The presbytery consists of all the ministers and a selection of the ruling elders from the congregations within a prescribed area. The Presbytery. The presbytery chooses its moderator periodically from among its ministerial members. His duty is to see that business is transacted according to Presbyterian principle and procedure. The moderator has no special power or supremacy over his brethren, but is honoured and obeyed as primus inter pares. The work of the presbytery is episcopal. It has oversight of all the congregations within its bounds; hears references from kirk-sessions or appeals from individual members; sanctions the formation of new congregations; superintends the education of students for the ministry; stimulates and guides pastoral and evangelistic work; and exercises discipline over all within its bounds, including the ministers. Three members, two of whom must be ministers, form a quorum; a small number compared with the important business they may have to transact, but the right of appeal to a higher court is perhaps sufficient safeguard against abuse. Presbytery meetings are either ordinary or occasional. The former are held at prearranged intervals. Occasional meetings are either in hunc effectum or pro re nata. The presbytery fixes the former for specific business; the latter is summoned by the moderator, either on his own initiative or on the requisition of two or more members of presbytery, for the transaction of business which has suddenly emerged. The first question considered at a pro re nata meeting is the action of the moderator in calling the meeting. If this is approved the meeting proceeds; if not, the meeting is dissolved. Appeals and complaints may be taken from the presbytery to the synod.
The synod is a provincial council which consists of the ministers and representative elders from all the congregations within a The Synod. specified number of presbyteries, in the same way as the presbytery is representative of a specified number of congregations. Though higher in rank and larger than most presbyteries it is practically of less importance, not being, like the presbytery, a court of first instance, nor yet, like the general assembly, a court of final appeal. The synod at its first meeting chooses a minister as its moderator whose duties, though somewhat more restricted, are similar to those of presbyterial moderators. The synod hears appeals and references from presbyteries; and by its discussions and decisions business of various kinds, if not settled, is ripened, for consideration and final settlement by the general assembly, the supreme court of the Church.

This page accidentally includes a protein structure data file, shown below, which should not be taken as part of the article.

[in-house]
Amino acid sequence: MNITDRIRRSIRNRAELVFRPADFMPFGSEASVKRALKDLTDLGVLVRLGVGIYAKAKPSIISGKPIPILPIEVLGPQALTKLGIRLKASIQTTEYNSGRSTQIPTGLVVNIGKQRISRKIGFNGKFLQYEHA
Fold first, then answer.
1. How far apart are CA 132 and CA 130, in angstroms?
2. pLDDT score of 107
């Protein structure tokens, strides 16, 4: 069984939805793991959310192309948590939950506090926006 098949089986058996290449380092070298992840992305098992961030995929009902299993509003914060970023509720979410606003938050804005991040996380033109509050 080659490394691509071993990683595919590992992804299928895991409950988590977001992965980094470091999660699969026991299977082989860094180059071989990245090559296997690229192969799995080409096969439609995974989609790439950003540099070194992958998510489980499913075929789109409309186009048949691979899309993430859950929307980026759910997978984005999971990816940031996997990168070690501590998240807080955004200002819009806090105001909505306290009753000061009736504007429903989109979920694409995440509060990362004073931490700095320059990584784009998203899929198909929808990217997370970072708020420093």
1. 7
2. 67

The general assembly is representative of the whole Church, either, as in the Irish General Assembly, by a minister and elder The General Assembly. sent direct to it from every congregation, or, as in the Scottish General Assemblies, by a proportion of delegates, ministers and elders from every presbytery. The general assembly annually at its first meeting chooses one of its ministerial members as moderator. He takes precedence, primus inter pares, of all the members, and is recognized as the official head of the Church during his term of office. His position is one of great honour and influence, but he remains a simple presbyter, without any special rule or jurisdiction. The general assembly reviews all the work of the Church; settles controversies; makes administrative laws; directs and stimulates missionary and other spiritual work; appoints professors of theology; admits to the ministry applicants from other churches; hears and decides complaints, references and appeals which have come up through the inferior courts; and takes cognizance of all matters connected with the Church's interests or with the general welfare of the people. As a judicatory it is the final court of appeal; and by it alone can the graver censures of church discipline be reviewed and removed. The general assembly meets once a year at the time and place agreed upon and appointed by its predecessor.
By means of this series of conciliar courts the unity of the Church is secured and made manifest; the combined, simultaneous effort Concillar Courts. of the whole is made possible; and disputes, instead of being fought out where they arise, are carried for settlement to a larger and higher judicatory, free from local feeling and prejudice. As access to the church courts is the right of all, and involves but slight expense, the liberty of even the humblest member of the Church is safeguarded, and local oppression or injustice is rendered difficult.
The weak point in the system is that episcopal superintendence being exercised in every case by a plurality of individuals there is no one, moderator or senior member, whose special duty it is to take initial action when the unpleasant work of judicial investigation or ecclesiastical discipline becomes necessary. This has led in some quarters to a desire that the moderator should be clothed with greater responsibility and have his period of office prolonged; should be made, in fact, more of a bishop in the Anglican sense of the word.
Though the jus divinum of presbytery is not now insisted upon as in some former times, Presbyterians claim that it is the church polity set forth in the New Testament. The case is usually stated somewhat as follows. With the sanction and under the